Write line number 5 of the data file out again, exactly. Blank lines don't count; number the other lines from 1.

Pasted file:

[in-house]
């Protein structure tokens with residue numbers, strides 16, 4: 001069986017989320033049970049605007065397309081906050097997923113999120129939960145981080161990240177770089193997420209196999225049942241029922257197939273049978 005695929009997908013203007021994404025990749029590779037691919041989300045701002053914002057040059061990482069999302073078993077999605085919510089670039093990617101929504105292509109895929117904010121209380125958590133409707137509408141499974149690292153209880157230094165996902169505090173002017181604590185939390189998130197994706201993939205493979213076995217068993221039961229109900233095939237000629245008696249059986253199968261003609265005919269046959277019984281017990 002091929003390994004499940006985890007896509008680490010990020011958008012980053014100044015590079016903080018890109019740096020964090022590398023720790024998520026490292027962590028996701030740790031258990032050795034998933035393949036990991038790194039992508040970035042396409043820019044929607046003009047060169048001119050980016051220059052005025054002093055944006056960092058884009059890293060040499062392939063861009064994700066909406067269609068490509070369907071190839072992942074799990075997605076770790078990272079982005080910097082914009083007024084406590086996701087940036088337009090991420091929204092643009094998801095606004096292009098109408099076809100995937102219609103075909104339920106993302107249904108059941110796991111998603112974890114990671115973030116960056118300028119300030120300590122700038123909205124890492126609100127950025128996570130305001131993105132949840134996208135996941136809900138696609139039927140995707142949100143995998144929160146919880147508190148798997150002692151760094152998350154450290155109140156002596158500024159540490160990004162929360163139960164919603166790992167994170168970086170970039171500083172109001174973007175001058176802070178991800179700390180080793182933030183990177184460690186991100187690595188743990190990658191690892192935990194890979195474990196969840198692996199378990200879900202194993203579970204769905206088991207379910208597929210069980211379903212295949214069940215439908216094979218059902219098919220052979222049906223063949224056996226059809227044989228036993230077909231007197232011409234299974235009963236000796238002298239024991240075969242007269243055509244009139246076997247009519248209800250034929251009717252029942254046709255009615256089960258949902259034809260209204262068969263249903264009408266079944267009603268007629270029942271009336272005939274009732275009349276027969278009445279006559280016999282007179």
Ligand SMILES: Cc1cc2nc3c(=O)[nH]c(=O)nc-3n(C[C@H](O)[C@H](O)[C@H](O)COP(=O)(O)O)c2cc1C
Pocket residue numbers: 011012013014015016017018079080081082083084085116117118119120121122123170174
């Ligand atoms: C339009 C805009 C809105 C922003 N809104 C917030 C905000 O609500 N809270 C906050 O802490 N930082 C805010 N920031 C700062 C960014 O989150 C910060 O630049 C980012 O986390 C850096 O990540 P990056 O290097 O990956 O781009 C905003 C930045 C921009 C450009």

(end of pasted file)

């Ligand atoms: C339009 C805009 C809105 C922003 N809104 C917030 C905000 O609500 N809270 C906050 O802490 N930082 C805010 N920031 C700062 C960014 O989150 C910060 O630049 C980012 O986390 C850096 O990540 P990056 O290097 O990956 O781009 C905003 C930045 C921009 C450009």